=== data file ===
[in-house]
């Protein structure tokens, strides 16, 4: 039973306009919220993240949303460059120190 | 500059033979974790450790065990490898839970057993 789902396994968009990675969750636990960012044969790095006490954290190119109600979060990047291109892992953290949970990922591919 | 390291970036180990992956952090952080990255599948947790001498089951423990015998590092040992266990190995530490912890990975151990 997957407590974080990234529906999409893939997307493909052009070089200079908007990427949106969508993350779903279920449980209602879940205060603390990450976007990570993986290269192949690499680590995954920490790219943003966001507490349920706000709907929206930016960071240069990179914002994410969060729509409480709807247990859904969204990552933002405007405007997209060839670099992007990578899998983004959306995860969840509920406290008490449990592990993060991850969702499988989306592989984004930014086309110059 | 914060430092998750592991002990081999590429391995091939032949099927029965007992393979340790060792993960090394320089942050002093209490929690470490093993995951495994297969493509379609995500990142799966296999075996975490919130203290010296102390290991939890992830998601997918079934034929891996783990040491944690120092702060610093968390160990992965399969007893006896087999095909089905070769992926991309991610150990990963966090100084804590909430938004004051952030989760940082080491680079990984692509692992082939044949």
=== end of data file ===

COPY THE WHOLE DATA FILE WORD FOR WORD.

[in-house]
């Protein structure tokens, strides 16, 4: 039973306009919220993240949303460059120190 | 500059033979974790450790065990490898839970057993 789902396994968009990675969750636990960012044969790095006490954290190119109600979060990047291109892992953290949970990922591919 | 390291970036180990992956952090952080990255599948947790001498089951423990015998590092040992266990190995530490912890990975151990 997957407590974080990234529906999409893939997307493909052009070089200079908007990427949106969508993350779903279920449980209602879940205060603390990450976007990570993986290269192949690499680590995954920490790219943003966001507490349920706000709907929206930016960071240069990179914002994410969060729509409480709807247990859904969204990552933002405007405007997209060839670099992007990578899998983004959306995860969840509920406290008490449990592990993060991850969702499988989306592989984004930014086309110059 | 914060430092998750592991002990081999590429391995091939032949099927029965007992393979340790060792993960090394320089942050002093209490929690470490093993995951495994297969493509379609995500990142799966296999075996975490919130203290010296102390290991939890992830998601997918079934034929891996783990040491944690120092702060610093968390160990992965399969007893006896087999095909089905070769992926991309991610150990990963966090100084804590909430938004004051952030989760940082080491680079990984692509692992082939044949």